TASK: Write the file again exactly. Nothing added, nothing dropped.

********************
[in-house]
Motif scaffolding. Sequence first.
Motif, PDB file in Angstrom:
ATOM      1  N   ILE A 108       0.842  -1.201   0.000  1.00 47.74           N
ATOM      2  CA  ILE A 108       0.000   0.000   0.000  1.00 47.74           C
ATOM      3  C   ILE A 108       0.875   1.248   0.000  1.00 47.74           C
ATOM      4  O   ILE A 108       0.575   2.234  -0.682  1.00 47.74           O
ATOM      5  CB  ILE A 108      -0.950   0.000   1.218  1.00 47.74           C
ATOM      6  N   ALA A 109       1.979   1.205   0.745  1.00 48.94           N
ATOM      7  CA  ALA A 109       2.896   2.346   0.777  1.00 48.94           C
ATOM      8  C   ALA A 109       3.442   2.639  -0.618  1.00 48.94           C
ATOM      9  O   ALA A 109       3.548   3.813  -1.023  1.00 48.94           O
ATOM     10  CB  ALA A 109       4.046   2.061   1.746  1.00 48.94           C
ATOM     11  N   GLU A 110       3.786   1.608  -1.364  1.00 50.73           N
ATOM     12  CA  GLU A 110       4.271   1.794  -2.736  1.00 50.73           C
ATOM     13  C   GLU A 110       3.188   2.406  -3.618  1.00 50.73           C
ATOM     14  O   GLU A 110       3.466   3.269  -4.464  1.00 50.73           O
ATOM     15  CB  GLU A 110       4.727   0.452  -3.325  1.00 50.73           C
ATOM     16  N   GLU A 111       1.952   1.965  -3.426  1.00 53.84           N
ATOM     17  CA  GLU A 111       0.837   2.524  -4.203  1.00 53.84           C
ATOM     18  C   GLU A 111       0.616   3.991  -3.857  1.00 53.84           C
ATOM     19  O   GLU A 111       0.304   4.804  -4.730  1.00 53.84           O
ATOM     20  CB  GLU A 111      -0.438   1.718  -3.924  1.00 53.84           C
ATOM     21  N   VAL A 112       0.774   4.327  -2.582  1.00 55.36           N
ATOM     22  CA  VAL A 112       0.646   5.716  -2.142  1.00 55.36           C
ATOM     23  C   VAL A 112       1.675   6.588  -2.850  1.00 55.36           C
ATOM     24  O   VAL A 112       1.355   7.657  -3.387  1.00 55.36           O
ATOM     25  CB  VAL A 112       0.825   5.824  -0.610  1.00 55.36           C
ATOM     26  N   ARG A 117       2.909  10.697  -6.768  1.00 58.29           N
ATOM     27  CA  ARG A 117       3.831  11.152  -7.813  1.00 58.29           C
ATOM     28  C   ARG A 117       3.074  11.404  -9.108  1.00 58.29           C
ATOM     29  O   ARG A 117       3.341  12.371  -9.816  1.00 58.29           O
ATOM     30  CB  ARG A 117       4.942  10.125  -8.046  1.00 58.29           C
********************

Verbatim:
[in-house]
Motif scaffolding. Sequence first.
Motif, PDB file in Angstrom:
ATOM      1  N   ILE A 108       0.842  -1.201   0.000  1.00 47.74           N
ATOM      2  CA  ILE A 108       0.000   0.000   0.000  1.00 47.74           C
ATOM      3  C   ILE A 108       0.875   1.248   0.000  1.00 47.74           C
ATOM      4  O   ILE A 108       0.575   2.234  -0.682  1.00 47.74           O
ATOM      5  CB  ILE A 108      -0.950   0.000   1.218  1.00 47.74           C
ATOM      6  N   ALA A 109       1.979   1.205   0.745  1.00 48.94           N
ATOM      7  CA  ALA A 109       2.896   2.346   0.777  1.00 48.94           C
ATOM      8  C   ALA A 109       3.442   2.639  -0.618  1.00 48.94           C
ATOM      9  O   ALA A 109       3.548   3.813  -1.023  1.00 48.94           O
ATOM     10  CB  ALA A 109       4.046   2.061   1.746  1.00 48.94           C
ATOM     11  N   GLU A 110       3.786   1.608  -1.364  1.00 50.73           N
ATOM     12  CA  GLU A 110       4.271   1.794  -2.736  1.00 50.73           C
ATOM     13  C   GLU A 110       3.188   2.406  -3.618  1.00 50.73           C
ATOM     14  O   GLU A 110       3.466   3.269  -4.464  1.00 50.73           O
ATOM     15  CB  GLU A 110       4.727   0.452  -3.325  1.00 50.73           C
ATOM     16  N   GLU A 111       1.952   1.965  -3.426  1.00 53.84           N
ATOM     17  CA  GLU A 111       0.837   2.524  -4.203  1.00 53.84           C
ATOM     18  C   GLU A 111       0.616   3.991  -3.857  1.00 53.84           C
ATOM     19  O   GLU A 111       0.304   4.804  -4.730  1.00 53.84           O
ATOM     20  CB  GLU A 111      -0.438   1.718  -3.924  1.00 53.84           C
ATOM     21  N   VAL A 112       0.774   4.327  -2.582  1.00 55.36           N
ATOM     22  CA  VAL A 112       0.646   5.716  -2.142  1.00 55.36           C
ATOM     23  C   VAL A 112       1.675   6.588  -2.850  1.00 55.36           C
ATOM     24  O   VAL A 112       1.355   7.657  -3.387  1.00 55.36           O
ATOM     25  CB  VAL A 112       0.825   5.824  -0.610  1.00 55.36           C
ATOM     26  N   ARG A 117       2.909  10.697  -6.768  1.00 58.29           N
ATOM     27  CA  ARG A 117       3.831  11.152  -7.813  1.00 58.29           C
ATOM     28  C   ARG A 117       3.074  11.404  -9.108  1.00 58.29           C
ATOM     29  O   ARG A 117       3.341  12.371  -9.816  1.00 58.29           O
ATOM     30  CB  ARG A 117       4.942  10.125  -8.046  1.00 58.29           C